• Earned-Income Tax Credit — In 2021, over 600,000 low- and moderate-income working families with children were credited $1.5 billion.(21) The EITC reduces eligible families’ federal income tax burden and is fully refundable for households that do not owe taxes.
  • Head Start — In federal FY 2021, the U.S. government spent over $182 million to provide Head Start early learning services to about 16,500 low-income children in Tennessee.(22) Head Start is federally-funded and -administered.
  • Child Care Assistance — Tennessee spent about $195 million in federal funds to provide childcare assistance to over 22,000 low-income children each month, on average, in federal FY 2020.(23) (24)
  • WIC — In federal FY 2022, Tennessee received $134 million in federal funding to support nearly 114,000 low-income mothers and infants under the Special Supplemental Nutrition Program for Women, Infants, and Children (WIC).(25) (26) WIC is aimed at “improving the health of pregnant women, new mothers, and their infants.” (27)
  • Families First — As of September 2022, the Families First program aided nearly 30,000 low-income children and their parents. (28) In federal FY 2020, Tennessee spent about $74 million in federal funds and $90 million in state money on these activities.(29) Families First is Tennessee’s Temporary Assistance for Needy Families (TANF) program, which provides temporary cash assistance, transportation, child care assistance, job training, and employment activities meant to develop self-sufficiency among participants. (30)

Money spent through these programs lifts people out of poverty, but the ability of each program to produce better outcomes is not always clear. The U.S. Census Bureau’s supplemental poverty measure accounts for 17 different federal benefits (e.g. SNAP, WIC, Social Security) and certain household expenses not counted in the official poverty measure. Between 2019 and 2021, about 12.2% of all Tennesseans had incomes under the official poverty measure. After considering the value of these benefits, Tennessee’s supplemental poverty measure rate fell to 9.1%. In other words, these programs lifted about 214,000 Tennesseans out of poverty during that period. (3)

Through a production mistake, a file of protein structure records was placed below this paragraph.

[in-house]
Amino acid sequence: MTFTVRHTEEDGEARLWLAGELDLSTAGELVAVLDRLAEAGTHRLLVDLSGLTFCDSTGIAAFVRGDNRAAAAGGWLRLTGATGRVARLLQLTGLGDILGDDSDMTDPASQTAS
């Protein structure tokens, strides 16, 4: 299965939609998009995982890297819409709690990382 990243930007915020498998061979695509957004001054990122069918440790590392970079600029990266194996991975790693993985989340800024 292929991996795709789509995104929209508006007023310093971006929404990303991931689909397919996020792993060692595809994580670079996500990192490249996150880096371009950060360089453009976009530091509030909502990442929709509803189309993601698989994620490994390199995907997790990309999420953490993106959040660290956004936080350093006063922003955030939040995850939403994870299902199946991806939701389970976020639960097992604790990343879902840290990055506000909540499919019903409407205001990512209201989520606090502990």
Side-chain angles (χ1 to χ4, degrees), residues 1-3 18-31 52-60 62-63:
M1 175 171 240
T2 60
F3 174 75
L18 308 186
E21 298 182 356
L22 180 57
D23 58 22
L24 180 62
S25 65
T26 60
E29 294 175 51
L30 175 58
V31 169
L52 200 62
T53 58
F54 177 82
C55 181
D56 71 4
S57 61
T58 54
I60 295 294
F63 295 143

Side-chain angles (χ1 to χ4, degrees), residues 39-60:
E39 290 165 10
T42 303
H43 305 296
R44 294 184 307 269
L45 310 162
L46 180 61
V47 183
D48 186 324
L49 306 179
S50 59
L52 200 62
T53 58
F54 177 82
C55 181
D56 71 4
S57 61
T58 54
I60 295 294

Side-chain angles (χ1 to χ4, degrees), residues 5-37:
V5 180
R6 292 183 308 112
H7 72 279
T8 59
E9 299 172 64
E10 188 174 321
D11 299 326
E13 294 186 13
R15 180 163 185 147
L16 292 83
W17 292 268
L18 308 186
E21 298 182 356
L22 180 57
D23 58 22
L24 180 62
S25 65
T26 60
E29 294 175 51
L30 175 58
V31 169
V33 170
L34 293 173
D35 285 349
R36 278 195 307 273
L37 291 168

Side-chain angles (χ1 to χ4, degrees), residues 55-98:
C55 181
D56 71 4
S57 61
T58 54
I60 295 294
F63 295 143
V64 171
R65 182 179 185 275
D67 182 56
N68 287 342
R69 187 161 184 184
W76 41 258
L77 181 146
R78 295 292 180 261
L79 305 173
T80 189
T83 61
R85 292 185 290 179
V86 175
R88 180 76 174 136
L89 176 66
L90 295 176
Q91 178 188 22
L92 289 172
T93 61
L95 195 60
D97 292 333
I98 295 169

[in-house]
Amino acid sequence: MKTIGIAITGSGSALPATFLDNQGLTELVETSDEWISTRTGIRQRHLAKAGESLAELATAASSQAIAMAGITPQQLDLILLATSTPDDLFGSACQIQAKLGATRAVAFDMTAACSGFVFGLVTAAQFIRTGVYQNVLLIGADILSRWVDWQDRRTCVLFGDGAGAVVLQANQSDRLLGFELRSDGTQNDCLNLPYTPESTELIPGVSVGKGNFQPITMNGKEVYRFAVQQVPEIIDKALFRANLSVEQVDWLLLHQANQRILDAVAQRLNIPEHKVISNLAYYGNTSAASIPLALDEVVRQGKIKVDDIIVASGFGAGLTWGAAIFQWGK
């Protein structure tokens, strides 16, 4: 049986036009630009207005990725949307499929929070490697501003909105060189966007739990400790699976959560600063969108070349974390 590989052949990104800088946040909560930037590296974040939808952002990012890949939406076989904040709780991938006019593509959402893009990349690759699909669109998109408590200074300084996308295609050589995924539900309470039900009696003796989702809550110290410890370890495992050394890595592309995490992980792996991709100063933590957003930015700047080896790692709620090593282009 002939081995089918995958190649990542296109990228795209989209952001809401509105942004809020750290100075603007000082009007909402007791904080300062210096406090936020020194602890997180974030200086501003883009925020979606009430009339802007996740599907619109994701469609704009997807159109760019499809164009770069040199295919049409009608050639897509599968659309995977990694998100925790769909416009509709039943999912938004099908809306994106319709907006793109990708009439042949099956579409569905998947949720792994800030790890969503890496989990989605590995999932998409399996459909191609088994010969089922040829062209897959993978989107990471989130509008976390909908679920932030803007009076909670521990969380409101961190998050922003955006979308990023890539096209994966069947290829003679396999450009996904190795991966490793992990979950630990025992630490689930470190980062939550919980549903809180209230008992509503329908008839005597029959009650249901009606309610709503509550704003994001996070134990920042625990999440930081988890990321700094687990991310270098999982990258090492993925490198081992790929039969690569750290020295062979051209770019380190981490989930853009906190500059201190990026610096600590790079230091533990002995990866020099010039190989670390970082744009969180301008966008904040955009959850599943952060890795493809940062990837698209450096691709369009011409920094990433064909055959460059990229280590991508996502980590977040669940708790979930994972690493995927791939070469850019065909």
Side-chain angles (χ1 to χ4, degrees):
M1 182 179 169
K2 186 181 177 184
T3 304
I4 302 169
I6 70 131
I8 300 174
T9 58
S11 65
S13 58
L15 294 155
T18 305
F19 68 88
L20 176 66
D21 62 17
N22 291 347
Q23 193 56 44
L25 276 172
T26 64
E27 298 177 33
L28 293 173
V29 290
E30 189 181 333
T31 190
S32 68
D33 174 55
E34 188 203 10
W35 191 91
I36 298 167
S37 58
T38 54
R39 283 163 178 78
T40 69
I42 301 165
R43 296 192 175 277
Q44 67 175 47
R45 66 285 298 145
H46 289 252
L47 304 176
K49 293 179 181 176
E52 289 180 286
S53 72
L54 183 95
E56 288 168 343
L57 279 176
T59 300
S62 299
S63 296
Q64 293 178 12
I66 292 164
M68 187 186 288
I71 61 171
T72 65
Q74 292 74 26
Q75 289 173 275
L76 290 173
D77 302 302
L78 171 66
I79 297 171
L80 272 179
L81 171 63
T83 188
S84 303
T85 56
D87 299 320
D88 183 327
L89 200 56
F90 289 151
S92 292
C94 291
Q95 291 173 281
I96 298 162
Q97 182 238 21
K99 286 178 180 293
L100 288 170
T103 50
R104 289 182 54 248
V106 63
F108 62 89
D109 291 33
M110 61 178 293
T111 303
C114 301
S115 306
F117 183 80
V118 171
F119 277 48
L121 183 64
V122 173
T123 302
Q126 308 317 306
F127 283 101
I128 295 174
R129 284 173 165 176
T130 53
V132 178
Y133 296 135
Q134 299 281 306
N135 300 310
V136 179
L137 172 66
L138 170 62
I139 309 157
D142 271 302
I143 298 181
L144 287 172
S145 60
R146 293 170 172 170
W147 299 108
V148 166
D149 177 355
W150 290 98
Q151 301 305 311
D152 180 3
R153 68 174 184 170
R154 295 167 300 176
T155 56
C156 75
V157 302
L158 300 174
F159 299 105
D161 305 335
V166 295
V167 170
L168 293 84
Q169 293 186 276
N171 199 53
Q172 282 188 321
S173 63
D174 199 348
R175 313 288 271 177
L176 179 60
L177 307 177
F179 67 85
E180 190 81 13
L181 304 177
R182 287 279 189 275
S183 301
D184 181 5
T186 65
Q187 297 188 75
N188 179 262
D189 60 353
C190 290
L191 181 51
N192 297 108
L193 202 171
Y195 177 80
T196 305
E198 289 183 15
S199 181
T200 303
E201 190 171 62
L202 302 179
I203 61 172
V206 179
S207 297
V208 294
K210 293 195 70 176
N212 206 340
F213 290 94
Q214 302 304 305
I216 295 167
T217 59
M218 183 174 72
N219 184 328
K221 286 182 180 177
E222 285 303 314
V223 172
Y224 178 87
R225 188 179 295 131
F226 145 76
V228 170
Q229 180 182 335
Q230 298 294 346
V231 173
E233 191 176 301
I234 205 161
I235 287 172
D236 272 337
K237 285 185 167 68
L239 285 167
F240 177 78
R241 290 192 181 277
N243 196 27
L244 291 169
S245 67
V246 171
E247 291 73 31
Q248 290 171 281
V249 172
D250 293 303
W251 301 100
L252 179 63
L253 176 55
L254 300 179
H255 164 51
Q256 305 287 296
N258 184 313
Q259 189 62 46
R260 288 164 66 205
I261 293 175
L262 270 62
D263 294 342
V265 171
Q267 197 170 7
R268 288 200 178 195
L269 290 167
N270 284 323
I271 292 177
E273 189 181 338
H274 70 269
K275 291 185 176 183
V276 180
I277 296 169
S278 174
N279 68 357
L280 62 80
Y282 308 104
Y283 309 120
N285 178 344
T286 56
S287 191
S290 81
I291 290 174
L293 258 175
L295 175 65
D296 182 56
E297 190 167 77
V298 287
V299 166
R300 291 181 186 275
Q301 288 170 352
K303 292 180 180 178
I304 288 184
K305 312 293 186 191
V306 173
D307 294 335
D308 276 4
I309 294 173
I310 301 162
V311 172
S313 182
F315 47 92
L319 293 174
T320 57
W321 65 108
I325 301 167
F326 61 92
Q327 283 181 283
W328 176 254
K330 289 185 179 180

Considerations and Parting Words

Although our findings leave much to be studied, they support the idea of exploring and monitoring two key levers to improve outcomes for low-income children.

  1. Finding ways to encourage relationship-building across class lines may help promote better outcomes for low-income children. Existing research on the topic has had mixed results.(35) Observational studies similar to this report have found strong associations between social capital and student test performance, but interventions to increase social capital among students have found limited evidence of impact on student test performance. (36) Nevertheless, fostering connections between high- and low-socioeconomic status individuals may generate opportunities, resources, and knowledge that help economically disadvantaged students succeed. Ideas to explore include more student collaboration in schools, mentor and networking opportunities among individuals with diverse backgrounds, and ways to foster more economically integrated communities. (37)
  2. Focused attention on places with higher concentrations of low-income students could produce better outcomes for all local students. Given the role that concentrated poverty appears to play in test performance — both for students who are economically disadvantaged and those who are not — policies focused on these areas might benefit all student groups in counties with high proportions of economically disadvantaged students. For example, Tennessee’s new school funding formula allocates additional money for economically disadvantaged students and counties with concentrated poverty. (34)

[1] We caution readers We caution readers not to mistake correlation with cause-and-effect. Correlation means that two factors move in the same or opposite directions at the same time. Causality means that changes in one factor led to changes in another. Establishing cause-and-effect requires more sophisticated research design — like statistical controls, experimental designs with random assignments or matching techniques, or longitudinal designs. Sometimes two data points may be correlated, but there is another factor at play.

[2] Highest child poverty counties were the 20 counties with the highest 2016-2020 child poverty rates. Lowest were the 20 with the lowest rates.

[3] Economically disadvantaged students are defined as those eligible to receive free or reduced-price school meals, as well as students who are migrants, experiencing homelessness, or in the foster care system. (34)

*This paper was updated on April 13, 2023 to add supplementary references and greater clarity to the discussion of our findings.

**This paper was updated on April 17, 2023 to correct a mistake in the key in Figure 1.